Scotland, famous for its highlands, kilts and bagpipes is a beautiful country full of friendly people. The first time I went there I realised that the locals are quite nice, and the air seemed fresher outside the cities. There were a couples of places that I saw while taking a tour and honestly it reinforced what I already knew – Scotland is beautiful. Here is a small list of some of the most beautiful places in Scotland that I visited.
The Rosslyn Chapel in the village of Roslin is quite popular as a historical tourist site in Scotland. It was depicted in the movie “The Da Vinci Code” and has been speculated to be associated with the Holy Grail and the Knights Templar. If you are interested in history, then Scotland has quite a bit of it. It was founded in the 15th century by William Sinclair and has intricate carvings all over. The glass on the windows is painted. The Apprentice Pillar and the Green Man have interesting stories around them. You enter from the visitor center that houses a café, gift shop and toilets. The chapel is well maintained and is a historical monument. It has the moniker of a Library in Stone, as there are so many stories carved and depicted on its walls and on the ceiling.
The second place I saw was Melrose. The historical town of Melrose is a quaint little place with cute houses and the famous Melrose Abbey. The ruins of the huge abbey still stand tall and you can see the outline of the worship area and halls. Scottish kings are buried at the site and the embalmed heart of Robert the Bruce is also buried here. Usually we know him from the Netflix movie – Outlaw King. The pretty green grounds are welcoming and the village itself is peaceful with small shops for a hearty lunch.
Continuing on I headed over to Glenkinchie to see the distillery and get whisky samples to try. They walk you through the whole process and give you a glimpse into how the whisky is made. You learn about single malts and blended whiskies. The process is quite long and can take a long time for one bottle to be ready. The big big copper drums where it is distilled take up a huge space and is quite fascinating. The distilleries are one of the most popular tourist attractions in Scotland.
The famous Dewar’s distillery was the next one I tried, and it is just near a river and. Throughout the scenic drive I saw grouse running across the roads and beautiful farmhouses surrounded by green acres. The river had river rafting options and there were people enjoying it. This was on the outskirts of Aberfeldy, the village near the distillery. It should be noted that author J.K Rowling’s house is right opposite the Dewar’s distillery. There was a pretty cherry blossom on the grounds and the tour started at the visitor center with a movie and then a museum/exhibit. There were two interactive activities wherein you could virtually make your own whisky or smell and find the whisky type. They talked about cherry and oak casks and “Angel’s share”. You got two drams of whisky to sample and you could buy products like whisky, whisky cake and chocolates.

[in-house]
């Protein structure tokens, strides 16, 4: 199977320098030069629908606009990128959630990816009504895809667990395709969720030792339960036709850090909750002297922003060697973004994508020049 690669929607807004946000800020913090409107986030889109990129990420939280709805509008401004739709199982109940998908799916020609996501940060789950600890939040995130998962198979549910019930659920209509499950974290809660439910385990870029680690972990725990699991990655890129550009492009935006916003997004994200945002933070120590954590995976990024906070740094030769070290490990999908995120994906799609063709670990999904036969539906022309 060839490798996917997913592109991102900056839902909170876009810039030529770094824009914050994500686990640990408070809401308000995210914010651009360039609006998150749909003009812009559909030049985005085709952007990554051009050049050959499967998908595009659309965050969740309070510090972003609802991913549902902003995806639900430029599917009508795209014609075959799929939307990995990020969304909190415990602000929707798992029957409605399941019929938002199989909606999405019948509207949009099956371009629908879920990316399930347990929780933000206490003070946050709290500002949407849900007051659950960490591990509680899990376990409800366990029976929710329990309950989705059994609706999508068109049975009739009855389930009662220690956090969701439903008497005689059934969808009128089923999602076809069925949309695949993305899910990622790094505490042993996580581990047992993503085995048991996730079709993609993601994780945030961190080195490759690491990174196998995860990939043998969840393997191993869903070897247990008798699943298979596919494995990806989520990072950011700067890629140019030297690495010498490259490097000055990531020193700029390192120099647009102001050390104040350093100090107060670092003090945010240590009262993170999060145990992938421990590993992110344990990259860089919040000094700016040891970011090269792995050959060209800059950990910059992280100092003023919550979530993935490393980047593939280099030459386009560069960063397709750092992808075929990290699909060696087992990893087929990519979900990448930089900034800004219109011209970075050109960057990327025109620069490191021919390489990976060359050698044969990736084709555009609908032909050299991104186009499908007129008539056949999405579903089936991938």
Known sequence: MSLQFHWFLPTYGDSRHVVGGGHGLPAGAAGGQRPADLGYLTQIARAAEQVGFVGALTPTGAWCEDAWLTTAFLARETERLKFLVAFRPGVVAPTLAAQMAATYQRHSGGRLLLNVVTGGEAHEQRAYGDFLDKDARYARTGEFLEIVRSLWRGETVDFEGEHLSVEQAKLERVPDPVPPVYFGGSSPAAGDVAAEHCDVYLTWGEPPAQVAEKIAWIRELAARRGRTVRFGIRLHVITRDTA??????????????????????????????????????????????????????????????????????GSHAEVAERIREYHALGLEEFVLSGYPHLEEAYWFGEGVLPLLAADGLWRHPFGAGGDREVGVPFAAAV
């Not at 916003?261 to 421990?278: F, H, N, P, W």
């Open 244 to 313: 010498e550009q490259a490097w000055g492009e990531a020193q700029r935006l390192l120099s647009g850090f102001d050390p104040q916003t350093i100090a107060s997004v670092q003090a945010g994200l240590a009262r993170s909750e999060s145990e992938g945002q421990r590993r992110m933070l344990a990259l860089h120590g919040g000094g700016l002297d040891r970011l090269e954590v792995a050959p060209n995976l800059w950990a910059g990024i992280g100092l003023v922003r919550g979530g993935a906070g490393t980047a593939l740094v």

Lying in the village of Weem, near Aberfeldy is the Castle Menzies, the ancestral seat of Clan Menzies. It has been known that Bonnie Prince Charles stopped here for two nights while he was going to the Battle of Culloden. It has a special connection to India as well. Maharaja Duleep Singh, the last Maharaja of Punjab lived here in exile for three years. One can still see his pictures in the main hall at the Castle, which is open for public viewing.
From Aberfeldy I went over to St. Andrews and I was impressed. The fishing town near the North Sea has the famous university where Kate and William studied and met for the first time. Walk along the cliffs to check out the amazing views as the chilly winds whip around you. St. Andrews may be a small place, but it is undoubtedly one of the most beautiful places in Scotland. There are multiple historical monuments around, which one can see. Head back to your base location by train that goes along the coast and over the Queensferry bridge. The views are worth it!
The tour ended that day, but the memories still hold on. It was one of the most memorable days I had as I experienced Scotland’s natural beauty and heritage. Scotland is truly a wonder and is land of beauty and some amazing whisky!